Special effects and computer generated imagery (CGI) in particular always have been one of the most expensive aspects of every movie production. This is one of the main reasons why this technology was exclusively available only for the biggest Hollywood productions where often tens, even hundreds of millions are spent on special visual effects and high-end compositing.
Fortunately, with the enhancement of the computer technology and the wider access to inexpensive cameras capable of delivering industry standard high quality images such as the Blackmagic cameras, GH4, Sony A7s, Sony FS7 many smaller independent productions now can quickly adopt and utilize these high-end VFX techniques at just a fraction of the cost.
It’s hard to believe how far the technology has come indeed. Now everything you are going to need to destroy a whole city in a movie, as in the following example, is a fast computer, the latest version of Adobe After Effects, some high-resolution plates and a couple of handy and really effective techniques covered in the next in-depth After Effects tutorial.
As with any other CGI workflow, the best way to approach this one is by taking some small, simple steps, one at a time. The first tool that Andrew Kramer utilizes in the above tutorial is the Camera Tracker in After Effects.
In general, Camera Tracker analyses the source sequence and extracts the original camera’s lens and motion parameters, allowing you to composite 2D or 3D elements correctly with reference to the camera used to film the shot. Thus, you can use the generated tracking points that the Camera Tracker automatically creates for you for further adjustments.
Once the analyzing is finished, you will be able to do some really crazy and fun things such as adding different objects, text, special plates, elements, textures and everything you virtually can think of. It’s really easy and straightforward and can be really a great fun once you become more familiar and experienced with the workflow.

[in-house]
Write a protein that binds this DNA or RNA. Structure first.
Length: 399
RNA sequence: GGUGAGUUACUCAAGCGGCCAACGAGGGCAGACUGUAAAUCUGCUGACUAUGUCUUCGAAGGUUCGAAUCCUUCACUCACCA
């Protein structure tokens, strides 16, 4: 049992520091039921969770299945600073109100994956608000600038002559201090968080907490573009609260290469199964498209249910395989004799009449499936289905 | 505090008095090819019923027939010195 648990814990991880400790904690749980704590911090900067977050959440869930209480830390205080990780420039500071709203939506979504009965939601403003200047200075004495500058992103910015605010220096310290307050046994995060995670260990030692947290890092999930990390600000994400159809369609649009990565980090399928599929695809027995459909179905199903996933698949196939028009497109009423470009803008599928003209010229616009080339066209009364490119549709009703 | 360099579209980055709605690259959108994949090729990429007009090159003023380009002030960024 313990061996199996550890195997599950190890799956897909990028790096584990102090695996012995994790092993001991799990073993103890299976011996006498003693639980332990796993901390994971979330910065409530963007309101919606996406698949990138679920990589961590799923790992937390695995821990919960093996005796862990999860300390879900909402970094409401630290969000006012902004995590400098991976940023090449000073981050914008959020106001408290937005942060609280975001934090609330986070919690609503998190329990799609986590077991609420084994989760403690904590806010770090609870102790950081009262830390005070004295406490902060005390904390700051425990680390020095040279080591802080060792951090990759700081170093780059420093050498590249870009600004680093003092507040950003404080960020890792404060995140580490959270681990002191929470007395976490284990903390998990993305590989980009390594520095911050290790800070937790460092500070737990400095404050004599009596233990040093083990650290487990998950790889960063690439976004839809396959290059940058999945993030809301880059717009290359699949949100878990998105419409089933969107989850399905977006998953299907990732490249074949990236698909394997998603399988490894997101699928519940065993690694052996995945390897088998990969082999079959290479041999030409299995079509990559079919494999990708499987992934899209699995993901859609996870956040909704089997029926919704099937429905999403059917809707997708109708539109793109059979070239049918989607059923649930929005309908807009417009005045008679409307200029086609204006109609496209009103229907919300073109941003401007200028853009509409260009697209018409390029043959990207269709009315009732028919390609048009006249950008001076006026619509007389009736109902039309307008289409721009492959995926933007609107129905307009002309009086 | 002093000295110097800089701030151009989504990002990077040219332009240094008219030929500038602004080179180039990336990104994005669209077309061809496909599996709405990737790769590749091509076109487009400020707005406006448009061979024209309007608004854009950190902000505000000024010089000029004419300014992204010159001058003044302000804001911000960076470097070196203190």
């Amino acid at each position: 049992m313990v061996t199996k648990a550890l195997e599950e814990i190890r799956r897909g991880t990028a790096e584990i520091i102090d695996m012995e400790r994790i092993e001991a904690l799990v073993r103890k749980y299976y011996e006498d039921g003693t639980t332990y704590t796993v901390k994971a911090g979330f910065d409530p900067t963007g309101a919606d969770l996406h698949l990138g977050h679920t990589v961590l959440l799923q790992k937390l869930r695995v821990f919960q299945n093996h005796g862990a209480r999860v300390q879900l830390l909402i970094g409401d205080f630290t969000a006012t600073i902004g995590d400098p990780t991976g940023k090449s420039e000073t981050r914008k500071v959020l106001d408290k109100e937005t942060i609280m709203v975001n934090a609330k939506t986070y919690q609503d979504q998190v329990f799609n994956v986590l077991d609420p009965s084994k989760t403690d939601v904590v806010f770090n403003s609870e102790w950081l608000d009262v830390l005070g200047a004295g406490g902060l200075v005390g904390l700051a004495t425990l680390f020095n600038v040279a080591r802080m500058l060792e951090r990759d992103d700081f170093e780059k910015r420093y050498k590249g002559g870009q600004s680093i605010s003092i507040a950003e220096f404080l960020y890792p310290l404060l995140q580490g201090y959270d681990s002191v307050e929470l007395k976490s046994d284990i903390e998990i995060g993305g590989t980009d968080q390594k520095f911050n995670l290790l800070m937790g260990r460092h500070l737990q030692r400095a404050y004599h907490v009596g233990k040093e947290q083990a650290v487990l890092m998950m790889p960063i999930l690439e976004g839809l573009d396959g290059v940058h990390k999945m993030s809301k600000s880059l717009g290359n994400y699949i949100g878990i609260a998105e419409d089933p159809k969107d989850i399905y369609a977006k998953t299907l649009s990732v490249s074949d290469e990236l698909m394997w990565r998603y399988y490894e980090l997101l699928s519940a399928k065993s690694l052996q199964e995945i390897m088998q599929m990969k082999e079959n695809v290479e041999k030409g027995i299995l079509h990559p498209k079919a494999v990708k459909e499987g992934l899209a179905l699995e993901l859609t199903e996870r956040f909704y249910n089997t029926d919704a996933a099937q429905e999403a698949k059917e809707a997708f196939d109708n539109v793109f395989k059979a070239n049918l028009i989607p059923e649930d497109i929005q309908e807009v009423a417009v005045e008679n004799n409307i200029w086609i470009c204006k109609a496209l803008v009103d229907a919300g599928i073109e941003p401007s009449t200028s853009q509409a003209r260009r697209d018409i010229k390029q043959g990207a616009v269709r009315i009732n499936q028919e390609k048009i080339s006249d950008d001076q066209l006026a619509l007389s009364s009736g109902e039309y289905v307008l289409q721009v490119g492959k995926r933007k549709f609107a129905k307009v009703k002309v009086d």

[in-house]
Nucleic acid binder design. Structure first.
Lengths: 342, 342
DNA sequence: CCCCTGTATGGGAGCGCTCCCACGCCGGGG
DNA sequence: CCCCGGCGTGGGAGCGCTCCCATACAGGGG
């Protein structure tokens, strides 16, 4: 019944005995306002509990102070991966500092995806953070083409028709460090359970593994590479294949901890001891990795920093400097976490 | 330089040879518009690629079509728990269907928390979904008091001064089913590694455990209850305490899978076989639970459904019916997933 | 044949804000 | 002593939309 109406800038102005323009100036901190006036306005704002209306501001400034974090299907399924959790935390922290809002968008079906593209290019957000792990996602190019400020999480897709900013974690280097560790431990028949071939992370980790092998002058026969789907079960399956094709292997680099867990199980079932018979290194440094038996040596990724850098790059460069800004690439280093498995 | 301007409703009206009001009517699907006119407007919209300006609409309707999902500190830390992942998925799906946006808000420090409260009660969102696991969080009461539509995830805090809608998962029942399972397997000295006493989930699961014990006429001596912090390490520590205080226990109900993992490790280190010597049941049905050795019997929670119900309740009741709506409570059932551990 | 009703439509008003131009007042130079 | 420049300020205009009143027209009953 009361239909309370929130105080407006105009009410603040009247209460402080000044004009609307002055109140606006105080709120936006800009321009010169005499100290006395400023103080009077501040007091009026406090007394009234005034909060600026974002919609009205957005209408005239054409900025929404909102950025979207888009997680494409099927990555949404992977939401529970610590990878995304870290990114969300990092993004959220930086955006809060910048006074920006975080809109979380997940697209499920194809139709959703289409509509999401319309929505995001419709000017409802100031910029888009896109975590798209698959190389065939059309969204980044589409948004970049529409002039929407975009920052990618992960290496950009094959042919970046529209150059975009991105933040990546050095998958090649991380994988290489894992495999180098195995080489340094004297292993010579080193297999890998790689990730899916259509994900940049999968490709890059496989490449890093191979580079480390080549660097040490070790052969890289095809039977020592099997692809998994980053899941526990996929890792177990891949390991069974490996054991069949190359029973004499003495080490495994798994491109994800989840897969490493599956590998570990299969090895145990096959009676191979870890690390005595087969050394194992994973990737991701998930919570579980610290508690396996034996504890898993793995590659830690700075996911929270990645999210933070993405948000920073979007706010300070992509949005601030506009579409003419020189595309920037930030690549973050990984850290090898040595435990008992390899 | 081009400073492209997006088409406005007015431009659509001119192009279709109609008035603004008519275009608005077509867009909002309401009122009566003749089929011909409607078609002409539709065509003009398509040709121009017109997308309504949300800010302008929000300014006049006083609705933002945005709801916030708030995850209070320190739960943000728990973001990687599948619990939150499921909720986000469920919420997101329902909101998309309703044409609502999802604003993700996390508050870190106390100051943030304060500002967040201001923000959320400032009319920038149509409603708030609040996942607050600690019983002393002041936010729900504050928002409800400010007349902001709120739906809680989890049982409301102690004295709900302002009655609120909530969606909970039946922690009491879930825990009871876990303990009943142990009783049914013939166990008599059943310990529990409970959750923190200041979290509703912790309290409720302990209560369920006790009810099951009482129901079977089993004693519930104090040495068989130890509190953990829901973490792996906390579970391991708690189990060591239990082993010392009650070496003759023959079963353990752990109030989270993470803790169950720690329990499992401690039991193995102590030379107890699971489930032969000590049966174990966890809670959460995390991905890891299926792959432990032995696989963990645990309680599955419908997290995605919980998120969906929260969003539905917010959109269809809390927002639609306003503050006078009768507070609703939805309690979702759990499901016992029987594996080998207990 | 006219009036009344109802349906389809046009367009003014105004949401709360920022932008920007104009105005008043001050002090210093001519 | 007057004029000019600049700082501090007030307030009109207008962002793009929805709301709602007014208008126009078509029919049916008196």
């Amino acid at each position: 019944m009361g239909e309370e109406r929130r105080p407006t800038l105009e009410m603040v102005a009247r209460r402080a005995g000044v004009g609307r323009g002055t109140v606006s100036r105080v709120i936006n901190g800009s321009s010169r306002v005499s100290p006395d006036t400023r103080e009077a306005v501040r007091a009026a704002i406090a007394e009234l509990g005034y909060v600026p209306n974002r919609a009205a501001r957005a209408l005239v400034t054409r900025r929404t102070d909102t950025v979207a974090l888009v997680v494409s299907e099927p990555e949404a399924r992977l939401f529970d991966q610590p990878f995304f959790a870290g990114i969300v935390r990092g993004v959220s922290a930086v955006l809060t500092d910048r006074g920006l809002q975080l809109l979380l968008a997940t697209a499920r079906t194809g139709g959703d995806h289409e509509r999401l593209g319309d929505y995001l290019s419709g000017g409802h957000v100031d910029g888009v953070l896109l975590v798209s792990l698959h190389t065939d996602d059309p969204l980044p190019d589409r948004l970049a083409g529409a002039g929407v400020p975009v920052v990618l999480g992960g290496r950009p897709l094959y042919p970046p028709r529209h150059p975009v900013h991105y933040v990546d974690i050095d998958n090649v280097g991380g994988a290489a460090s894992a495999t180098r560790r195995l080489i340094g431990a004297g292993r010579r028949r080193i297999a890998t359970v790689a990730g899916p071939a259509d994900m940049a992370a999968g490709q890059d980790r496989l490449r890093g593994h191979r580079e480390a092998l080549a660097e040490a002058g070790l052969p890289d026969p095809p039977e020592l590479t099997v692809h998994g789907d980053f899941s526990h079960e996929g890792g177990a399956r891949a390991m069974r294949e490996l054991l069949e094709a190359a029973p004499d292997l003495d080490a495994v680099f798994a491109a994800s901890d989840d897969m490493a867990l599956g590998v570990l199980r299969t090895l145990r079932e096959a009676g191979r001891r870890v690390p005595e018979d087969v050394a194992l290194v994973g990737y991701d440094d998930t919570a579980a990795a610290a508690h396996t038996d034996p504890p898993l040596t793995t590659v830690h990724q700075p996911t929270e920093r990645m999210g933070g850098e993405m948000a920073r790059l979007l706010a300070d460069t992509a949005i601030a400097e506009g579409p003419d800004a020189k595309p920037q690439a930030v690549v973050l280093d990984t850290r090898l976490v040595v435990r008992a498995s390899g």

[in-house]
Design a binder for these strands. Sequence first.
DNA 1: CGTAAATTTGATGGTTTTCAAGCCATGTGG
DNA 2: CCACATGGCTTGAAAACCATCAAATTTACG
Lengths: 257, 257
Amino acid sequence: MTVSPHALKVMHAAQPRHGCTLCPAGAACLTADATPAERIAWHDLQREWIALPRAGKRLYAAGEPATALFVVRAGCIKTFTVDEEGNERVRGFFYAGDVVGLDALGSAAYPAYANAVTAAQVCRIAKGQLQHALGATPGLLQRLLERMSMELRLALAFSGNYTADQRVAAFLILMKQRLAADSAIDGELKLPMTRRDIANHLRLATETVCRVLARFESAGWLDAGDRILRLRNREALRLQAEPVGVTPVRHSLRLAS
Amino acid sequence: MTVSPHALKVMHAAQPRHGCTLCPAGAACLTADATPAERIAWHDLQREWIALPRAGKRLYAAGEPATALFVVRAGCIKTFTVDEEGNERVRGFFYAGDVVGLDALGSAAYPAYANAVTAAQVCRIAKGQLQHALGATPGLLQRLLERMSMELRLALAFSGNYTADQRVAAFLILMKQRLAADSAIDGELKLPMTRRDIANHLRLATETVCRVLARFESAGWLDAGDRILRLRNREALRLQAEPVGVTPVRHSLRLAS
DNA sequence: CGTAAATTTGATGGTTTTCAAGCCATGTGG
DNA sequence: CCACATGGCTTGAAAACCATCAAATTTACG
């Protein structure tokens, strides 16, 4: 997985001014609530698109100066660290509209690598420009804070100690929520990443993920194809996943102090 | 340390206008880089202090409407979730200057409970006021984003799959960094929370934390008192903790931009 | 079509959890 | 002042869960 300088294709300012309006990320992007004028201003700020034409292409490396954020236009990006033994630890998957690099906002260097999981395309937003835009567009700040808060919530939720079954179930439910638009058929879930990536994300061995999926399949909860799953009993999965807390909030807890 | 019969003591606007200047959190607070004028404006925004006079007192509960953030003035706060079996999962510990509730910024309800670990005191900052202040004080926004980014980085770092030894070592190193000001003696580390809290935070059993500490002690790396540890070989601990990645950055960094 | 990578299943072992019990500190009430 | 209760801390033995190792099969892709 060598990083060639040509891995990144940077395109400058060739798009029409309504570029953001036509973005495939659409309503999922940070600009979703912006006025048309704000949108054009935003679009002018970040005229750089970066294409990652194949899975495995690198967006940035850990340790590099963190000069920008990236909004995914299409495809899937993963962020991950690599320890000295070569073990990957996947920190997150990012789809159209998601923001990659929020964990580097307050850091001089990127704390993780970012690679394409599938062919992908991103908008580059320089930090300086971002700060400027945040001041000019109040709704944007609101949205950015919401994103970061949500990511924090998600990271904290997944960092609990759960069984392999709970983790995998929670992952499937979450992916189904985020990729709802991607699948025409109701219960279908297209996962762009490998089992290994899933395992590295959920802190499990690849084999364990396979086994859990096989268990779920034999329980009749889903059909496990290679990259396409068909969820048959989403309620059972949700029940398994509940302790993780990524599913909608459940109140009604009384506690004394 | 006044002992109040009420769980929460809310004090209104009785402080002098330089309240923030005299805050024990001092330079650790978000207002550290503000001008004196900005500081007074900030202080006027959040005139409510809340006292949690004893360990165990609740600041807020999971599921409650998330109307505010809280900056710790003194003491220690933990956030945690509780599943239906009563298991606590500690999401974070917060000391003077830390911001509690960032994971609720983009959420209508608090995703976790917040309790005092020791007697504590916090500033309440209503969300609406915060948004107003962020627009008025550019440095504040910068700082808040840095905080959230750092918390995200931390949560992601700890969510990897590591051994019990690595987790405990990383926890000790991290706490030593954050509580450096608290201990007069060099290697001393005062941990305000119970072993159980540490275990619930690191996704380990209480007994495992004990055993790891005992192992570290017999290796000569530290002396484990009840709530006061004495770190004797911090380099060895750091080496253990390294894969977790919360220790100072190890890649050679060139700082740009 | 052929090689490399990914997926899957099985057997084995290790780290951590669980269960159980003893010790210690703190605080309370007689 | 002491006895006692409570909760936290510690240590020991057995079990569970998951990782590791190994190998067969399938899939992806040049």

First and foremost, you should tell After Effects where to put the center of your scene. In this particular case, Andrew picks the roof of the first building in the frame. He selects three tracking points and with those chosen by right-clicking he navigates to Set Ground Plane and Origin.
After the Camera, Tracker has generated the Tracker points, and the Ground Plane is set, you can easily add different objects in the frame by creating a 2D or 3D element. The way to do this is by holding Shift and picking three tracking points that should be on the same flat plane. Then right-click over the selected points and navigate to Create Solid.
The next step is to pick up the element you want to integrate into your shot and drag it to the Solid layer that you’ve just created. You can add as many different objects as you like in there. Undoubtedly, some additional work should be involved here before you get the final result shown in the video. However, once you understand the main principles of the workflow things will become even easier and straightforward.
As there are so many really powerful techniques included in this video, it will be really hard to cover all of them just in a single article, this is why I highly recommend watching this tutorial from the beginning to the end. Once you get familiar with the workflow, you will be able to manipulate any footage that you have at your disposal and do some fantastic VFX work.
One of the essential takeaways here is to use a high-quality footage (preferably such with 10bit 422 colour sub-sampling at least) to achieve truly satisfying results in the end. Be prepared to invest some time, though, as with any other CGI workflow this one will also take a lot of time and efforts. To start off, you can download the project files used in this tutorial from the blog post on Video Copilot’s website.